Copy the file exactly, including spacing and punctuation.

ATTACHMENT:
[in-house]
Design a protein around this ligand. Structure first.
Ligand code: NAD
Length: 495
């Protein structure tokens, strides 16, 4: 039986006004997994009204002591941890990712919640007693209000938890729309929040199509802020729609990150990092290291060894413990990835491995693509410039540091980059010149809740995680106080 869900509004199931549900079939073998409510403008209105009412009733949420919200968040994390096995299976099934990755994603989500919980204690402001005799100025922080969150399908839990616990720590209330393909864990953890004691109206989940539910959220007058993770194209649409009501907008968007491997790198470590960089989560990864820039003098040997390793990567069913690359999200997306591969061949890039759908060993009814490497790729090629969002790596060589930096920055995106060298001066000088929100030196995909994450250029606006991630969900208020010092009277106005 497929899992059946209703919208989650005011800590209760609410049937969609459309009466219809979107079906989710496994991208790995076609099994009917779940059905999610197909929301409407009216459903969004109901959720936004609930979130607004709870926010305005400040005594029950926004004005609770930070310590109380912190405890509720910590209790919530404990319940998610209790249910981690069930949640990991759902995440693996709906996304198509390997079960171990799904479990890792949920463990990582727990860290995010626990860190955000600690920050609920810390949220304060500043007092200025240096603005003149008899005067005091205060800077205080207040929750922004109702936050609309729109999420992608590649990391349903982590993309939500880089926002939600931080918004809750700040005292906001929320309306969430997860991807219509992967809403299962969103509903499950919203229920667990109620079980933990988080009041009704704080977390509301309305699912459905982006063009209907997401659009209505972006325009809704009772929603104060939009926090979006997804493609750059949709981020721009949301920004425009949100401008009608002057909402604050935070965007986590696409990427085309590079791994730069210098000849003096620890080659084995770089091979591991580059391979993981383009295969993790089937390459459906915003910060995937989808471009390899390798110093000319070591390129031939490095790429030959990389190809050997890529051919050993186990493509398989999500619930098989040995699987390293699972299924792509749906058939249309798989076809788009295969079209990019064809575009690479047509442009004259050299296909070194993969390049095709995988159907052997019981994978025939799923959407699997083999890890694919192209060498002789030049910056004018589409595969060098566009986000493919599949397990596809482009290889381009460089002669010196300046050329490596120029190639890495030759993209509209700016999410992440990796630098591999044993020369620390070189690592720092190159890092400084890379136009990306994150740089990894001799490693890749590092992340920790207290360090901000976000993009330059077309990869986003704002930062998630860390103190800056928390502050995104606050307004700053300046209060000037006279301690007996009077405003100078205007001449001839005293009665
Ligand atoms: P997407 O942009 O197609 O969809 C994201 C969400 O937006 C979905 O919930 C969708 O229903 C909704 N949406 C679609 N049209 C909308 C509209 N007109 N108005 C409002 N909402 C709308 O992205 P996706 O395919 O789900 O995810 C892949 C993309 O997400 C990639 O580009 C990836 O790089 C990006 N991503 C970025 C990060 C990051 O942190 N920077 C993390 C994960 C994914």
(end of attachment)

[in-house]
Design a protein around this ligand. Structure first.
Ligand code: NAD
Length: 495
């Protein structure tokens, strides 16, 4: 039986006004997994009204002591941890990712919640007693209000938890729309929040199509802020729609990150990092290291060894413990990835491995693509410039540091980059010149809740995680106080 869900509004199931549900079939073998409510403008209105009412009733949420919200968040994390096995299976099934990755994603989500919980204690402001005799100025922080969150399908839990616990720590209330393909864990953890004691109206989940539910959220007058993770194209649409009501907008968007491997790198470590960089989560990864820039003098040997390793990567069913690359999200997306591969061949890039759908060993009814490497790729090629969002790596060589930096920055995106060298001066000088929100030196995909994450250029606006991630969900208020010092009277106005 497929899992059946209703919208989650005011800590209760609410049937969609459309009466219809979107079906989710496994991208790995076609099994009917779940059905999610197909929301409407009216459903969004109901959720936004609930979130607004709870926010305005400040005594029950926004004005609770930070310590109380912190405890509720910590209790919530404990319940998610209790249910981690069930949640990991759902995440693996709906996304198509390997079960171990799904479990890792949920463990990582727990860290995010626990860190955000600690920050609920810390949220304060500043007092200025240096603005003149008899005067005091205060800077205080207040929750922004109702936050609309729109999420992608590649990391349903982590993309939500880089926002939600931080918004809750700040005292906001929320309306969430997860991807219509992967809403299962969103509903499950919203229920667990109620079980933990988080009041009704704080977390509301309305699912459905982006063009209907997401659009209505972006325009809704009772929603104060939009926090979006997804493609750059949709981020721009949301920004425009949100401008009608002057909402604050935070965007986590696409990427085309590079791994730069210098000849003096620890080659084995770089091979591991580059391979993981383009295969993790089937390459459906915003910060995937989808471009390899390798110093000319070591390129031939490095790429030959990389190809050997890529051919050993186990493509398989999500619930098989040995699987390293699972299924792509749906058939249309798989076809788009295969079209990019064809575009690479047509442009004259050299296909070194993969390049095709995988159907052997019981994978025939799923959407699997083999890890694919192209060498002789030049910056004018589409595969060098566009986000493919599949397990596809482009290889381009460089002669010196300046050329490596120029190639890495030759993209509209700016999410992440990796630098591999044993020369620390070189690592720092190159890092400084890379136009990306994150740089990894001799490693890749590092992340920790207290360090901000976000993009330059077309990869986003704002930062998630860390103190800056928390502050995104606050307004700053300046209060000037006279301690007996009077405003100078205007001449001839005293009665
Ligand atoms: P997407 O942009 O197609 O969809 C994201 C969400 O937006 C979905 O919930 C969708 O229903 C909704 N949406 C679609 N049209 C909308 C509209 N007109 N108005 C409002 N909402 C709308 O992205 P996706 O395919 O789900 O995810 C892949 C993309 O997400 C990639 O580009 C990836 O790089 C990006 N991503 C970025 C990060 C990051 O942190 N920077 C993390 C994960 C994914």